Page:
Discipline tests may be broadly grouped into three classes: acceptance, upkeep and fault location testing. Conducted on wire or cable after an installation but earlier than placing it into service, an acceptance test detects set up or shipping damage that might have an effect on cable performance. After the cable has been placed in service, maintenance tests detect in-service deterioration. Then again, fault location tests pinpoint the exact failure site in a cable. Understanding precisely the place the cable has failed, permits the cable to be repaired or replaced as necessary. A few of the most common test strategies are described below.
A Megger test uses a megohm meter to test the insulation properties of such things as electrical wiring, motor windings and high-power antenna mounts. Usually conducted on 600-volt energy cable for either acceptance or maintenance purposes, a megohm meter typically applies 600 to 2,500 V DC for a number of minutes to the Belden Cable Distributors. The megohm meter measures the current “leaking” via the insulation and shows the ends in units of resistance (i.e., megohms or thousands and thousands of ohms). A reading less than 100 megohms signifies a doable cable problem. Despite the fact that Megger is a registered trademark of Megger Limited Group, the term is broadly used for all similar tests regardless of manufacturer.
The hipot (high potential) test is an acceptance or maintenance test and is often used on cables rated 5 through 35 kV and higher. Like the Megger test, this machine applies DC voltage to a cable and measures present leakage by way of the insulation. Not like the Megger test, the utilized voltage is considerably higher (up to 65 kV for a 15 kV cable, for example) and the results are displayed in units of microamps (μA). With the hipot test, a high reading (for instance larger than a hundred μA) signifies a doable problem. Because of the possibly deadly high voltages involved, this test should be performed only by qualified personnel.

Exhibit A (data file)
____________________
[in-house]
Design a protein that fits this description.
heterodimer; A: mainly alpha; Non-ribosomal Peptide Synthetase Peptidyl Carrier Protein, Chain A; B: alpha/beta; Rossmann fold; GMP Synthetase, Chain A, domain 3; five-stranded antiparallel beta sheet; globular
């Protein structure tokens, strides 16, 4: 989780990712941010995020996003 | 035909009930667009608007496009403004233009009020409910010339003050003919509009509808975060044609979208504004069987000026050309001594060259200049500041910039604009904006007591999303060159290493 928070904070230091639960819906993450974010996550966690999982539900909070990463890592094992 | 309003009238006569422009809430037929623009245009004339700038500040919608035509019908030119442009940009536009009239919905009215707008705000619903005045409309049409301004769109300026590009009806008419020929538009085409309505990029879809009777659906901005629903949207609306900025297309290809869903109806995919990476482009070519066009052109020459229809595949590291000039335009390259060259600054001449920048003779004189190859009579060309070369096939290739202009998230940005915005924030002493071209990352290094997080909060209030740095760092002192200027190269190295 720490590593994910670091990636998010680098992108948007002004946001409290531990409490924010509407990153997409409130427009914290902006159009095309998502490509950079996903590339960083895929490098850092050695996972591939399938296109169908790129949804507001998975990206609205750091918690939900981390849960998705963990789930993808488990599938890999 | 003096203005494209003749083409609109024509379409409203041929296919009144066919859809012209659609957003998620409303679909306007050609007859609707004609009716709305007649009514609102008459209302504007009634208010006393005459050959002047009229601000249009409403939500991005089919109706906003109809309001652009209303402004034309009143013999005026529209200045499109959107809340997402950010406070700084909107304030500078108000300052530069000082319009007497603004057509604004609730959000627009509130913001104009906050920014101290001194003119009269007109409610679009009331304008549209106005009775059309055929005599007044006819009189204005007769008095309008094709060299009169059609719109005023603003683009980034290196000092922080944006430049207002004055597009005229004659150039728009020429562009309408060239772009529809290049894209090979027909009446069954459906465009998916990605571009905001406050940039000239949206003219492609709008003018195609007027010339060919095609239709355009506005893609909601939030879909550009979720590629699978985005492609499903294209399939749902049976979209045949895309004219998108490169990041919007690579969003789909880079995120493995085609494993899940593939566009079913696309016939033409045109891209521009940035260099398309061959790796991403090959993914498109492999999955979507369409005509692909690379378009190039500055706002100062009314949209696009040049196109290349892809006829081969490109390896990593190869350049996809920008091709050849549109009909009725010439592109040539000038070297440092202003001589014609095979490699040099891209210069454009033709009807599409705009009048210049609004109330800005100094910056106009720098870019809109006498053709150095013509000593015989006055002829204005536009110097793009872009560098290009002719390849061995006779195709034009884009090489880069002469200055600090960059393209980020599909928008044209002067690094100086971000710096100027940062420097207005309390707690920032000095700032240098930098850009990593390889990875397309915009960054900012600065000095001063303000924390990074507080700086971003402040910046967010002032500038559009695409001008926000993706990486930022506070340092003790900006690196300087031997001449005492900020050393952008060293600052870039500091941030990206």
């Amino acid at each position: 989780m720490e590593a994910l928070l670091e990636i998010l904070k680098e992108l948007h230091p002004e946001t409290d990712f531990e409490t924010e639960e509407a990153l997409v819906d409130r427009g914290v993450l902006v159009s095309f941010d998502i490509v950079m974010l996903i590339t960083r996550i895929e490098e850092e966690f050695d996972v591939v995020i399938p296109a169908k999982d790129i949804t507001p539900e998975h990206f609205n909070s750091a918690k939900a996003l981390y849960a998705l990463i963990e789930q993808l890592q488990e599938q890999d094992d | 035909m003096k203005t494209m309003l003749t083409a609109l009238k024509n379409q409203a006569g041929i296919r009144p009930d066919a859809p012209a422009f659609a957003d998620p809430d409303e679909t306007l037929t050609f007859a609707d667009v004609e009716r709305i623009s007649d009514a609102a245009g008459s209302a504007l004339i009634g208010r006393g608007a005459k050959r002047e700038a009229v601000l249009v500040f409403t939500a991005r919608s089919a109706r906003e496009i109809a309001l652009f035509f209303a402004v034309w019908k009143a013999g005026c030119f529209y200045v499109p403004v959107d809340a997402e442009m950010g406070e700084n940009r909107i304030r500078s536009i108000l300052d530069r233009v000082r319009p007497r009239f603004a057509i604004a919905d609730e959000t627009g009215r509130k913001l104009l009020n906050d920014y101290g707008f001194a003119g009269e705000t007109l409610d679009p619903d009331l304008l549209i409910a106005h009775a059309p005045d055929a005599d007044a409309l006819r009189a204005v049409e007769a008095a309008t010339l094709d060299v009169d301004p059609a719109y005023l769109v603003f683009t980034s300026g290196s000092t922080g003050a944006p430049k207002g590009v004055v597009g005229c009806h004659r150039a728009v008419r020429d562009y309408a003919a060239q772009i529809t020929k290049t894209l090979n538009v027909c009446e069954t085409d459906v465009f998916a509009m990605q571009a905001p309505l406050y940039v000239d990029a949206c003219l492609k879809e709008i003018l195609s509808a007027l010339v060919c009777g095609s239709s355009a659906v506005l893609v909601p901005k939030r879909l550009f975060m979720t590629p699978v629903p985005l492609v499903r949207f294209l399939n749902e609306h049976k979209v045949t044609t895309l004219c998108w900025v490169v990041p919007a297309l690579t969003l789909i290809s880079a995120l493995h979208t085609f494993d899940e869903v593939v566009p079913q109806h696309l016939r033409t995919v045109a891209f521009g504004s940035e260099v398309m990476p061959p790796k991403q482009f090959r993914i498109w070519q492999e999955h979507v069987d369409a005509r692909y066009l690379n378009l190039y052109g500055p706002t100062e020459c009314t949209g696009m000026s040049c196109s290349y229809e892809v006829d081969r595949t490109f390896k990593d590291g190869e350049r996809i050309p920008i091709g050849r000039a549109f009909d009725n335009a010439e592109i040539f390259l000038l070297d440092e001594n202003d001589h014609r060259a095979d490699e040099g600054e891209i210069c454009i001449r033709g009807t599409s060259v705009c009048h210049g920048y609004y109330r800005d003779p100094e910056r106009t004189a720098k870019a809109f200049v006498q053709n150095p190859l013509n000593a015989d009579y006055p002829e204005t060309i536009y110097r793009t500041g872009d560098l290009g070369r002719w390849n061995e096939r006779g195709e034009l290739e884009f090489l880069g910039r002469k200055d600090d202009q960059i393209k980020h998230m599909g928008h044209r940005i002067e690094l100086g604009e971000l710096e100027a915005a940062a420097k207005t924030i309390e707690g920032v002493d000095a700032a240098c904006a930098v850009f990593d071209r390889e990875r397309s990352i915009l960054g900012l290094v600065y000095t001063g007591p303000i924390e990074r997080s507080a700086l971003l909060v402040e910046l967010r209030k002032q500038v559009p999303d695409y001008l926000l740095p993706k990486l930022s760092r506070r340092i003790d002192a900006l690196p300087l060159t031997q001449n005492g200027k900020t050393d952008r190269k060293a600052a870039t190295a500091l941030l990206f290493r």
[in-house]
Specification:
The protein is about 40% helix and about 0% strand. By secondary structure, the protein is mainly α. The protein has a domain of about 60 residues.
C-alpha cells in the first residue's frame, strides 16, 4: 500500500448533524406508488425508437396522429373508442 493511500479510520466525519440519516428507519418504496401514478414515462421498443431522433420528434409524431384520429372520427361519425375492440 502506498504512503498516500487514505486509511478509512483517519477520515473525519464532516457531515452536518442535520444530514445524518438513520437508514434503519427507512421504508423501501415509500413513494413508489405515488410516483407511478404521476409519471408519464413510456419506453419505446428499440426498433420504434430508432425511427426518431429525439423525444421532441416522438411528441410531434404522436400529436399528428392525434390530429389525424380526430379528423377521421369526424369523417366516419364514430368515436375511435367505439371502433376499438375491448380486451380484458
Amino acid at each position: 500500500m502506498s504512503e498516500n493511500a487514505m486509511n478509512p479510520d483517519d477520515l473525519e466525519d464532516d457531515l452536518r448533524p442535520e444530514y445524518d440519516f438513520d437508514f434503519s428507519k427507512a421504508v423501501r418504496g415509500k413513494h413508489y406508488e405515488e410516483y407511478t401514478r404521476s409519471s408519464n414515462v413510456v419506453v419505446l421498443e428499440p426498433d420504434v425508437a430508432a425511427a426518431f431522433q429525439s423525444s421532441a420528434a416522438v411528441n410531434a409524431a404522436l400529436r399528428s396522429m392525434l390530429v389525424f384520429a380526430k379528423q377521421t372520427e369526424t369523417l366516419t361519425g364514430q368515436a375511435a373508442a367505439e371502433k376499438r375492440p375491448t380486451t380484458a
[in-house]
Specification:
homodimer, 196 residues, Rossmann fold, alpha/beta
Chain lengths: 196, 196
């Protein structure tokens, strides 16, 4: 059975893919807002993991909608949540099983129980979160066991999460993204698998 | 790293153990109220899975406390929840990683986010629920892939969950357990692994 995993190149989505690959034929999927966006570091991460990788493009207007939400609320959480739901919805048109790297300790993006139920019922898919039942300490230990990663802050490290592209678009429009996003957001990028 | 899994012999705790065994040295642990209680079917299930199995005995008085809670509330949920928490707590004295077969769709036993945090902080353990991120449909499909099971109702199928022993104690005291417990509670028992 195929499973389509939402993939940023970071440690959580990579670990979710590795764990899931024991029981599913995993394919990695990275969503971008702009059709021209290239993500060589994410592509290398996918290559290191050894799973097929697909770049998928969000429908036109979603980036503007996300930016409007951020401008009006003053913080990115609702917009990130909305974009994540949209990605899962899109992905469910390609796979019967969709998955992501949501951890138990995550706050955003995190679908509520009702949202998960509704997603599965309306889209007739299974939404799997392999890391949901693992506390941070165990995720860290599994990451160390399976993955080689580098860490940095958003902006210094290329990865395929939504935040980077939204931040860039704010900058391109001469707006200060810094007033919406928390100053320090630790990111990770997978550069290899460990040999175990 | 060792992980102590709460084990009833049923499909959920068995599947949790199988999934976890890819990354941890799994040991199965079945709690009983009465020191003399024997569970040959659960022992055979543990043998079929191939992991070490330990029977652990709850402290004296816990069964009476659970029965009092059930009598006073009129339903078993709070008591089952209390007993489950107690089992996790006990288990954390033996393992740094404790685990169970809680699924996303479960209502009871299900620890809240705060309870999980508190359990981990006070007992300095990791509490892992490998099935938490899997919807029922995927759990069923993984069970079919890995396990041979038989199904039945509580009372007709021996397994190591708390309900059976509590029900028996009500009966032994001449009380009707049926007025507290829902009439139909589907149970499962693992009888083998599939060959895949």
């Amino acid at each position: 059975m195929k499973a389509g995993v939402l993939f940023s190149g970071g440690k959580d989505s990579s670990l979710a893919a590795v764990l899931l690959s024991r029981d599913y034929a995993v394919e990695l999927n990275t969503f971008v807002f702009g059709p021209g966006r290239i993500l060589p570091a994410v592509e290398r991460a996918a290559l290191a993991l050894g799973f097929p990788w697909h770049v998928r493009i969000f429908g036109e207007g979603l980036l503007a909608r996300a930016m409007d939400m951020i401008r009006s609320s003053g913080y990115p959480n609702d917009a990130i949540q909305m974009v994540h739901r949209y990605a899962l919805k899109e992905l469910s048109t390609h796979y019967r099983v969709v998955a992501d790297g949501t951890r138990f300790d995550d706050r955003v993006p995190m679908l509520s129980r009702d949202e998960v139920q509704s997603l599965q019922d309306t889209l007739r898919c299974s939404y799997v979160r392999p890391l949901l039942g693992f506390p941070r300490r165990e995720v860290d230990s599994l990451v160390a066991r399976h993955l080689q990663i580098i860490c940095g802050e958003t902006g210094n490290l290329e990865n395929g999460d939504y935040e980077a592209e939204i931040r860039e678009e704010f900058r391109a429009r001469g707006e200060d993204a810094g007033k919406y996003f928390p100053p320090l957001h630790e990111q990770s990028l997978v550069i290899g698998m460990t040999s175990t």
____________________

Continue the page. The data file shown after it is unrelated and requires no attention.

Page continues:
The continuity test, which can be utilized on virtually every type of wire and cable besides optical fiber, is probably the best and least costly subject test available. A handheld multimeter conducts the test by using a resistance setting to check the wire or cable for unintentional contact between copper conductors on account of damaged or defective insulation. A multimeter can be used to check for conductors which have been damaged somewhere alongside the cable’s length. The continuity test can be utilized for acceptance, maintenance or fault location testing.
A thumper is a fault location system that applies a high-voltage pulse to a cable to determine the exact location of a cable failure. It works by making use of a short (millisecond) high-energy pulse to the cable. At the level of the cable failure, the injected energy is launched with a loud bang just like that of a firecracker. When the test is carried out on cable buried several toes beneathground, a muffled thump is usually heard above ground. The cable is normally thumped a number of instances a minute till somebody walking the length of the cable run can locate the point of failure.